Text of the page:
I got to thinking today about how I define runs and how different people from different points of view might define a run. "Long run" sure can be ambiguous can't it?
The ambiguity is nice when I am speaking to other people about a run. I am sometimes weary of telling people exactly how long a run is. For the 100 miler I did I referred to it most of the time as my "long trail run". Some people already knew how long it was. Others were prompted to ask "how long?" Others just make some assumption in their heads and don't speak of it. They're probably thinking that long is 10 miles. That's fine with me.
I've done two 50k's this year and I refer to both of them with non-runners as "trail runs". If a non-runner wants more detail, they can ask and I'll certainly go into more detail.
For people who think long distance running (whatever THAT means) is going to break my body down and leave me sick I am always ready to point out that I only do one marathon a year. And that's true. I'll just leave the 50k's and all that out of the conversation.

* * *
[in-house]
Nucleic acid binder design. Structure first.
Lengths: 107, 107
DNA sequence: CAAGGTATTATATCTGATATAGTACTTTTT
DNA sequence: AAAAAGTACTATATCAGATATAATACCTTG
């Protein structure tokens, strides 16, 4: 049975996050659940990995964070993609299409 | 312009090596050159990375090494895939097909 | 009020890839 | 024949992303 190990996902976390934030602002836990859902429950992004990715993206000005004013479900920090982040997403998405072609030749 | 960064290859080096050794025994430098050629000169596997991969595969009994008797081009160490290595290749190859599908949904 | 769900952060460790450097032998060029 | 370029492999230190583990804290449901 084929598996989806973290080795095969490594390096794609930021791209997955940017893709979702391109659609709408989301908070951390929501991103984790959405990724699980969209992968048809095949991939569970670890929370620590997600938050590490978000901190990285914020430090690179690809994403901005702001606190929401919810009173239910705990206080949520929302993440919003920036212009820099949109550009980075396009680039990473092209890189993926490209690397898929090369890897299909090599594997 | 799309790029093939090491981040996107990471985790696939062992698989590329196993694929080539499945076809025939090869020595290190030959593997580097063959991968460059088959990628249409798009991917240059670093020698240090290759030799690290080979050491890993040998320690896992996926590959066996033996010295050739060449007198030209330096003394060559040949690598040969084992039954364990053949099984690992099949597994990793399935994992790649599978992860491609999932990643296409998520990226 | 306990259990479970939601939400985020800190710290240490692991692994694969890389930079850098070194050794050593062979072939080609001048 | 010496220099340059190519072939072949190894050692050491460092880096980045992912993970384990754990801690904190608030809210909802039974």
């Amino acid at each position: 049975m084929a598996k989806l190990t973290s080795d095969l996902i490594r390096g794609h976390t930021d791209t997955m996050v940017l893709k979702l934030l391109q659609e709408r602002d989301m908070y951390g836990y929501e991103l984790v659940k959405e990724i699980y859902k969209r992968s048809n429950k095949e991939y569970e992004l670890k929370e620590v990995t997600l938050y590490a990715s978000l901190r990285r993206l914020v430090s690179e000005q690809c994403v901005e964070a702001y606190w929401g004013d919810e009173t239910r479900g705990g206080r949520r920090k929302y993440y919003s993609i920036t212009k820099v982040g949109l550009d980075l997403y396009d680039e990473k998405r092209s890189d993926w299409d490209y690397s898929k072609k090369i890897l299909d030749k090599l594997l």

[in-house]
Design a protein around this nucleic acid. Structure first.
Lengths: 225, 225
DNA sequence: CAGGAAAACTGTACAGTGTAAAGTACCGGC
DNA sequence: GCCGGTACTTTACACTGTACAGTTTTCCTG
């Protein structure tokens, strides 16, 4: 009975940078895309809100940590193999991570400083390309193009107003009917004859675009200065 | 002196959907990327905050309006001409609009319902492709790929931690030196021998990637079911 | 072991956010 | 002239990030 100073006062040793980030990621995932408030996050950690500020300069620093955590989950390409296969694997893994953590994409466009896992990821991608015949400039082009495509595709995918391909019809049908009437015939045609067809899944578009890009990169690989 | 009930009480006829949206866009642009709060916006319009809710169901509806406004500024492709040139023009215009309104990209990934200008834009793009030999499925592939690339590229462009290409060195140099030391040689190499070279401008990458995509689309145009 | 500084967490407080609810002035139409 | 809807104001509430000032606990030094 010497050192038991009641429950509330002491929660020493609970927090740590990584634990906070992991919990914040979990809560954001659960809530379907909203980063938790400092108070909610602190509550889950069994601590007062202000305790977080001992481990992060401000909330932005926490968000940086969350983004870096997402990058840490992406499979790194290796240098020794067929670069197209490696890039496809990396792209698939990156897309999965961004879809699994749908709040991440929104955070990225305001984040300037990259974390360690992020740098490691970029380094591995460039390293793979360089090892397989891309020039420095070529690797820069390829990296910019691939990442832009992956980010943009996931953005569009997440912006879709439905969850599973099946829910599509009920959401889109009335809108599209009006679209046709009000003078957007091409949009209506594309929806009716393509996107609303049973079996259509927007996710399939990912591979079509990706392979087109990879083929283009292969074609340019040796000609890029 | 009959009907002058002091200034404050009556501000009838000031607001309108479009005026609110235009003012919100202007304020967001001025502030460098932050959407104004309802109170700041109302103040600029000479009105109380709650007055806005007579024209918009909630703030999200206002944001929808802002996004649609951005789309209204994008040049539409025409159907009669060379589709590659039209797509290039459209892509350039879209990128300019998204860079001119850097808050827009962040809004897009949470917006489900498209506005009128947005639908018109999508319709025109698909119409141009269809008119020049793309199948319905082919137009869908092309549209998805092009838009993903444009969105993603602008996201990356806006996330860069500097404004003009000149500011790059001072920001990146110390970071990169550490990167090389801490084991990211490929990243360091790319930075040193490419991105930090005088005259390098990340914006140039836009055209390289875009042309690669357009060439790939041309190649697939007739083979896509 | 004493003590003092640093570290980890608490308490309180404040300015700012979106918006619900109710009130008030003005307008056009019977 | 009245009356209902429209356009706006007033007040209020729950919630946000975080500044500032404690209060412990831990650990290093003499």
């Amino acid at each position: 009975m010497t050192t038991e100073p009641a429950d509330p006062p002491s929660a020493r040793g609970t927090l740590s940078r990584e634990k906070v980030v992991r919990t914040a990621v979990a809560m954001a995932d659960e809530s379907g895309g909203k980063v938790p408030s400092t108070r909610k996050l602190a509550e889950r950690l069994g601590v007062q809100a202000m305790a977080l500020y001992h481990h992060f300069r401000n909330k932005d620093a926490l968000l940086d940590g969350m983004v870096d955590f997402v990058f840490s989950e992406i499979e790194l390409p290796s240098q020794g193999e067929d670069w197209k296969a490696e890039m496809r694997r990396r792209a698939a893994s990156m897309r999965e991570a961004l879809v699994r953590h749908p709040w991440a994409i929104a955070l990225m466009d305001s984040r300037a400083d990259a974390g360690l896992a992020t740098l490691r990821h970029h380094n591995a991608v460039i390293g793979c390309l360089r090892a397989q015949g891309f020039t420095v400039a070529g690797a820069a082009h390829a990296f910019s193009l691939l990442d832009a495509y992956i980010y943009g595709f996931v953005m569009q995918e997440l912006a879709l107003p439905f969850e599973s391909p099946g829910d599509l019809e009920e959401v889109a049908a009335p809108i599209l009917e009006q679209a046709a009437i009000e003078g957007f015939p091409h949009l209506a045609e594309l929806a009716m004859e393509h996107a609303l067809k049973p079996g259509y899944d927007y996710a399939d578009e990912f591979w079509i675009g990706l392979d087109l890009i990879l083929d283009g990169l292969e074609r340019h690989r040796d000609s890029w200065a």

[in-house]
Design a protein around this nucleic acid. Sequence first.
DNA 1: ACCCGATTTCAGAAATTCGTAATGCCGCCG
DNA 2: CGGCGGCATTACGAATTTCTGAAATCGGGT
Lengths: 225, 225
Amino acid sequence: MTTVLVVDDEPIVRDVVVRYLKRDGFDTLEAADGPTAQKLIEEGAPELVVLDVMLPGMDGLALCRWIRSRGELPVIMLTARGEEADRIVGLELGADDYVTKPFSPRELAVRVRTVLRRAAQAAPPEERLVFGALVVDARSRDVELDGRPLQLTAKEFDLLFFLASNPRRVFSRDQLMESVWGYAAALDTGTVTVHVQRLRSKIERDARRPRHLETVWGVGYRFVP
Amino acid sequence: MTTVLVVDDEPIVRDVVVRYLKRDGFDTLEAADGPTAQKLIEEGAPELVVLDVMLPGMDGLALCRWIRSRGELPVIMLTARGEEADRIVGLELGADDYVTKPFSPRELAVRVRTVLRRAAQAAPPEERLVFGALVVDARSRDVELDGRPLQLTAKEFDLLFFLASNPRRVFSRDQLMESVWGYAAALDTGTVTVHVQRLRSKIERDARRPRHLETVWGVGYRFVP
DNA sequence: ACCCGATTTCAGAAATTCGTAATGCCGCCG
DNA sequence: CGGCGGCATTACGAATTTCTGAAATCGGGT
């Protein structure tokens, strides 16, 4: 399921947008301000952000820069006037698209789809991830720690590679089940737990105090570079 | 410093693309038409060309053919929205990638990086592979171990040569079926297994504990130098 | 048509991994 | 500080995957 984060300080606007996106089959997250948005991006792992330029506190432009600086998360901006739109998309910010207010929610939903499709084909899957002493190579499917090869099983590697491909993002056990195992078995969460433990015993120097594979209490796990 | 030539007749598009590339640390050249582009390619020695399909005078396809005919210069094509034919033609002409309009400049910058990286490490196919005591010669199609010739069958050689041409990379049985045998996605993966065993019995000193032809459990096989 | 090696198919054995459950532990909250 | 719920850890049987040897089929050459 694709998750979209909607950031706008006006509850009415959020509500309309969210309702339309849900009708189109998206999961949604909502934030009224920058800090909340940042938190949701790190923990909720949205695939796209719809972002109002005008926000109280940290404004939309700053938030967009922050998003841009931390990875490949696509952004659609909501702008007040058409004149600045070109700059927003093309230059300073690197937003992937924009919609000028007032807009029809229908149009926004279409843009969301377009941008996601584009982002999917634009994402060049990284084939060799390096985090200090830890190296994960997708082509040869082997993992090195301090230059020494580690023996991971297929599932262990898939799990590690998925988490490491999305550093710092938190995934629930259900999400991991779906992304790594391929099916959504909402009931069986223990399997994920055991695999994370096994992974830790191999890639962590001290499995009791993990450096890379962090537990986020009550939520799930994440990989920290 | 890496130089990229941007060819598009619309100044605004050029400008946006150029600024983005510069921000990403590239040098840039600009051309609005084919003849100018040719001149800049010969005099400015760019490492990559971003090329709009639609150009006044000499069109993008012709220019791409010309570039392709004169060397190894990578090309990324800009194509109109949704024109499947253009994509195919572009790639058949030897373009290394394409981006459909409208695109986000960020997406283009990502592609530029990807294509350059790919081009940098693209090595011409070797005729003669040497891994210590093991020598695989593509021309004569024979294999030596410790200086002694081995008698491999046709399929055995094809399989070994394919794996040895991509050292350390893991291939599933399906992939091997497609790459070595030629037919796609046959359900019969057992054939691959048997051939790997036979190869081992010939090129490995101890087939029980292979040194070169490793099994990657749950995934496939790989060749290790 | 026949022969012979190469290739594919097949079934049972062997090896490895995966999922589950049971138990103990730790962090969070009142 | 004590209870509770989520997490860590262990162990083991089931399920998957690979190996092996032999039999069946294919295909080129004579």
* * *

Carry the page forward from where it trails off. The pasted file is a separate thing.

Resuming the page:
But how do I define running lengths during training to myself? A long run is about 18-20 miles. 16 miles just doesn't seem like a "long" run. And 22 miles seems like a waste of time. If I'm going to run more than 20, I'm going to go for 26.2 so I can say a ran a marathon. What's the point of 22 miles now really?! A 30 mile run would be a really long run. If I were to do a 40 mile run I'd consider that really really long. A really really really long run (like this post's title)? I guess that'd have to be a 50 miler.
3:00 Marathon Training Re-Imagined
1 day ago